Insight

Why domestic abuse and sexual violence are not being treated as 'violent crime'

Credit: PA

Priti Patel has announced an independent inquiry into the failures in policing that resulted in a serving officer kidnapping and murdering, Sarah Everard.

Questions will be asked about why it isn’t being placed on a statutory footing, allowing the chair to compel people to give evidence, but overall the move will be welcomed.

The home secretary also spoke about funding to tackle these crimes, a dedicated national police officer to try to reduce them, and a government survey that has gathered the stories of some 180,000 women and girls.



But what she didn’t do, was address an issue that is causing angst among a number of significant figures in this debate across Westminster.

Women like the Conservative peer, Gabby Bertin, the domestic abuse commissioner, Nicole Jacobs, and Labour’s shadow minister for domestic violence, Jess Phillips, fear that in large parts of the country these crimes are simply not being treated as violent crime.

And it is clear why they are worried. Take these three facts:

  • Only eight of 18 Violence Reduction Units across England include domestic abuse in their strategy

  • Only half of police forces have opted to take up specialist training on domestic abuse that has been evaluated and approved by the College of Policing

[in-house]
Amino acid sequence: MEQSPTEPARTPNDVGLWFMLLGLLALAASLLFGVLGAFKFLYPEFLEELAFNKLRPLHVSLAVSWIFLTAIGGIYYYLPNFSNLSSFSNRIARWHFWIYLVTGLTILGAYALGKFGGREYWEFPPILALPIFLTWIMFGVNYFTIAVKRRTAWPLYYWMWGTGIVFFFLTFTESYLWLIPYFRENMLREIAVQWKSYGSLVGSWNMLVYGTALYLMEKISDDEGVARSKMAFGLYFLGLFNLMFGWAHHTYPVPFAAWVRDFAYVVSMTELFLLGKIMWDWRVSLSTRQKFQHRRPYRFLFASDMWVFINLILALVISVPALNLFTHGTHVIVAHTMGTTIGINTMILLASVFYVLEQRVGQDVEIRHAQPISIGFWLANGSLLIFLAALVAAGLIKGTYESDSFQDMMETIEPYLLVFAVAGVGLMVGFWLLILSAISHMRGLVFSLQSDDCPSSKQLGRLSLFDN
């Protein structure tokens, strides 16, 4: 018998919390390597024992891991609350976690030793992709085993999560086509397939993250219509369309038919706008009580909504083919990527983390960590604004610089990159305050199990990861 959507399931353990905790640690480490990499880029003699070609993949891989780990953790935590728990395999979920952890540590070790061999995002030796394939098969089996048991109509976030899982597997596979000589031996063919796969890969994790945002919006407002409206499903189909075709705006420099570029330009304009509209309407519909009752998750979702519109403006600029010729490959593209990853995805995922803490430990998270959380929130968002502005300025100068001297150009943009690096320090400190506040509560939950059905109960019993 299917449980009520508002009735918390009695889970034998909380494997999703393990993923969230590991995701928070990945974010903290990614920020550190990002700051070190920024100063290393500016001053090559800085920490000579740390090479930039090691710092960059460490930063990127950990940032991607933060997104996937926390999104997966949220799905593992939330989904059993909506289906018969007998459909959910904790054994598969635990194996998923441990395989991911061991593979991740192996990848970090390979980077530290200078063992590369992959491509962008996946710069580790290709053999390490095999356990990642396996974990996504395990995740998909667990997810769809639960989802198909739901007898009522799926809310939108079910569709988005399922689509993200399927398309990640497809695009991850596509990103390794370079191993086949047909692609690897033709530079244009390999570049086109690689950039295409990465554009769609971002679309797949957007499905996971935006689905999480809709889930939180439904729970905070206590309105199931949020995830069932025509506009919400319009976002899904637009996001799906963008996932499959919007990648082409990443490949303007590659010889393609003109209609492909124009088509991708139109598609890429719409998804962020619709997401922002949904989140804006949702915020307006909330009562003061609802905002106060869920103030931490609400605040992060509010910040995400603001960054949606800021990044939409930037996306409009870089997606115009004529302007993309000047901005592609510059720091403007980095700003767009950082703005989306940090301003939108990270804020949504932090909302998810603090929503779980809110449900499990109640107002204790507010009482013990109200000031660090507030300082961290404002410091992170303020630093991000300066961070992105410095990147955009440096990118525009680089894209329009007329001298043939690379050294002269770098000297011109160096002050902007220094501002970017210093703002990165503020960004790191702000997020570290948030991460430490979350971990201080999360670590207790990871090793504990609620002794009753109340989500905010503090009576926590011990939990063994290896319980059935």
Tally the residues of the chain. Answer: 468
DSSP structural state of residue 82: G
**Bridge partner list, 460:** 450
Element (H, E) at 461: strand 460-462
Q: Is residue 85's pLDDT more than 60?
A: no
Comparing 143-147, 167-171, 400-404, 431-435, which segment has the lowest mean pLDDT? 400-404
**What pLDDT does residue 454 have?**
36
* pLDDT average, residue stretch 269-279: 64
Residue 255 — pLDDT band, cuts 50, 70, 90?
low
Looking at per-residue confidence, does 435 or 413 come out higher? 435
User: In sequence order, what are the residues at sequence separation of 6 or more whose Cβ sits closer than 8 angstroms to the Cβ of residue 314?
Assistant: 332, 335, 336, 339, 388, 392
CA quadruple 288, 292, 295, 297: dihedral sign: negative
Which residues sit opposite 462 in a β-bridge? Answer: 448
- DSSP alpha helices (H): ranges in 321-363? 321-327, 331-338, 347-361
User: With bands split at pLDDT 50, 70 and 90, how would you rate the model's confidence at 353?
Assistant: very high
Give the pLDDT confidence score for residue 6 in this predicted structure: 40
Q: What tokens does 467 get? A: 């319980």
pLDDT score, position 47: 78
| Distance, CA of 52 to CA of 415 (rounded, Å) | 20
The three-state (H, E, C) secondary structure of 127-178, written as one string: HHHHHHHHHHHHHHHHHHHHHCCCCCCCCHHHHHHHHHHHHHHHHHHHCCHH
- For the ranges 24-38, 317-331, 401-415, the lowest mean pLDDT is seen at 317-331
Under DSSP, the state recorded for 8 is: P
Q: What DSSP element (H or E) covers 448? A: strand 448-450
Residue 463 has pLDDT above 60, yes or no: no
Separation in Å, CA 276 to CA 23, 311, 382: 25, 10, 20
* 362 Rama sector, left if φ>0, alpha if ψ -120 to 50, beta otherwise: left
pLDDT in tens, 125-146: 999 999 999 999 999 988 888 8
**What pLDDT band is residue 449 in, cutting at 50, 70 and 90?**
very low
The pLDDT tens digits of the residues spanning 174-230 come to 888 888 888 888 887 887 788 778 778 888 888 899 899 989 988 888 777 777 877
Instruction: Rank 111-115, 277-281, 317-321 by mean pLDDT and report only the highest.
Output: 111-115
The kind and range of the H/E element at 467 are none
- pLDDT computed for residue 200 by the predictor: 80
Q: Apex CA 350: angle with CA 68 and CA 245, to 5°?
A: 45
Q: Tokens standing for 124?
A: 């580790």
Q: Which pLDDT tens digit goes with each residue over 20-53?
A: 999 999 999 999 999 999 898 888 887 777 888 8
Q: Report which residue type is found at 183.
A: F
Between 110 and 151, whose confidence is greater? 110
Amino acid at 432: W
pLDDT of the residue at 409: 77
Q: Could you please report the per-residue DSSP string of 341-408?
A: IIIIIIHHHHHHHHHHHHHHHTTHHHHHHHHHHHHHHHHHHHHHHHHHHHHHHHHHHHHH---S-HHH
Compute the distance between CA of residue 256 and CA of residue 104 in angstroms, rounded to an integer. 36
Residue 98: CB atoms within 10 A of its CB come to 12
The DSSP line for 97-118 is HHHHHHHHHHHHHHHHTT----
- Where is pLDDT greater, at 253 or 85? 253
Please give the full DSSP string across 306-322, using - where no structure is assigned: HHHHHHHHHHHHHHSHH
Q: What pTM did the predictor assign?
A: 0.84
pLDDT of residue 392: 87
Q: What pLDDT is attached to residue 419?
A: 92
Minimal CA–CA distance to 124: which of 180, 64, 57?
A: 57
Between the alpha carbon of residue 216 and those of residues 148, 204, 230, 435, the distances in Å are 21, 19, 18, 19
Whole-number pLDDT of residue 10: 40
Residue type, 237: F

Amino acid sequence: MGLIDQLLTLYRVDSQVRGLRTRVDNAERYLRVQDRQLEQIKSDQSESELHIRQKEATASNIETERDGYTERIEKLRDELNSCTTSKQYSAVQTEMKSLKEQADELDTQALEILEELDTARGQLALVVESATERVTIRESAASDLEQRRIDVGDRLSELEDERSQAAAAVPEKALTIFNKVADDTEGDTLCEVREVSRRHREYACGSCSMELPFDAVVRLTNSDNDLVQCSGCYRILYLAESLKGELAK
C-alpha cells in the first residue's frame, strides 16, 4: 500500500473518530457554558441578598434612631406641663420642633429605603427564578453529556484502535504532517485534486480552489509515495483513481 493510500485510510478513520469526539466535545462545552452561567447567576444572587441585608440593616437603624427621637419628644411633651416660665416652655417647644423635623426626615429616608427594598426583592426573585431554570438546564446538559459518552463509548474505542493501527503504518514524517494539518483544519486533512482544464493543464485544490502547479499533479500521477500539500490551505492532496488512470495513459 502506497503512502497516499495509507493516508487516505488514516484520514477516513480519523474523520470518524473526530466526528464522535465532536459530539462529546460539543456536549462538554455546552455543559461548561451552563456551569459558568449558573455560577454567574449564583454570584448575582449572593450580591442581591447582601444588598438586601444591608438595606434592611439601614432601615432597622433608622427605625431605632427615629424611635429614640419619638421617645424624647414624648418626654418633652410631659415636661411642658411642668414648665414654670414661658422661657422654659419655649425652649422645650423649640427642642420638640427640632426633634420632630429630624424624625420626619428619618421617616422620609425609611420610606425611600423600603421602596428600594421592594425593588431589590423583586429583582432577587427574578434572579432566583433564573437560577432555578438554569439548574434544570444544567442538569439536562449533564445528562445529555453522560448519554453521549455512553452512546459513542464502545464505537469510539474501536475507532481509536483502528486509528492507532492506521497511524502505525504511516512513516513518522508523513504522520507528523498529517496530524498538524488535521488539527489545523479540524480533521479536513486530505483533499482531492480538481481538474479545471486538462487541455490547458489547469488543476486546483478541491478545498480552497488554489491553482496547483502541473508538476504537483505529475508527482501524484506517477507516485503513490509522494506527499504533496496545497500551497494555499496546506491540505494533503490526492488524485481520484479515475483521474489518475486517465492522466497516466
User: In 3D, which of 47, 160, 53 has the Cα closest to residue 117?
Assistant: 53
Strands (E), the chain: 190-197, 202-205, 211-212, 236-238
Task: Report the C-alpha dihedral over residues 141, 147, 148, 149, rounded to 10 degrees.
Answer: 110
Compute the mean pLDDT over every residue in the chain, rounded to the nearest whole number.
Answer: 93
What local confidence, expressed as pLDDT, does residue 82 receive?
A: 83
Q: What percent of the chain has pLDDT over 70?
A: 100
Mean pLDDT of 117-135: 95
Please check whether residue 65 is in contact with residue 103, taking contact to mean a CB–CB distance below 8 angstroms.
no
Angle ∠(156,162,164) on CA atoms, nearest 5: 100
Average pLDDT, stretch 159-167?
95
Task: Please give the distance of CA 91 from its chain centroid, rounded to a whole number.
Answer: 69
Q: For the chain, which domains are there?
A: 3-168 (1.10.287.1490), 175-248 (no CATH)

• Amazingly, the government’s own Serious Violence Strategy doesn’t recognise domestic abuse and sexual violence as serious violence

Given all of that, campaigners hoped that the government might use its policing bill, which is making its way through Parliament right now, to try to address this issue.

After all, it is setting in place a new duty on authorities to tackle violent crime in their local areas.

The bill could be used to make explicitly clear to these groups, which includes councils and police forces, that they MUST include domestic abuse and sexual violence in their definition of violent crime.

In fact, Ms Bertin has put forward an amendment in the Lords to try to include just that - but so far ministers have failed to accept it.

Why not? They say that it is about regional variation, arguing that councils and local police forces need the flexibility to decide which types of violent crimes need most attention in their locality.


Is Boris Johnson doing enough to tackle violence against women? Political Producer Dominique Heckels reports:

But Ms Bertin and co point out that there is not any serious variation when it comes to these crimes against women – in fact they are ubiquitous across the country with the national domestic abuse helpline reporting roughly equal contacts from all nine regions in England.

The government has not included a list of specific crimes within the duty on violent crime- because of its arguments around regional variation.

But it does make clear that local groups must include two within its definition – because of fears that otherwise they will be missed.

They are violence against property and threats of violence. Campaigners ask why - given the statistics above- domestic abuse and sexual violence isn’t added to the list.

When I put this exact point to Boris Johnson in Manchester this week he said there was a “massive job of work to do”, saying we need to “make sure we change the culture of policing”.

He didn’t address this specific point but I’m told that the home secretary is considering the amendment.

Many think tweaking the policing bill like this is no-brainer.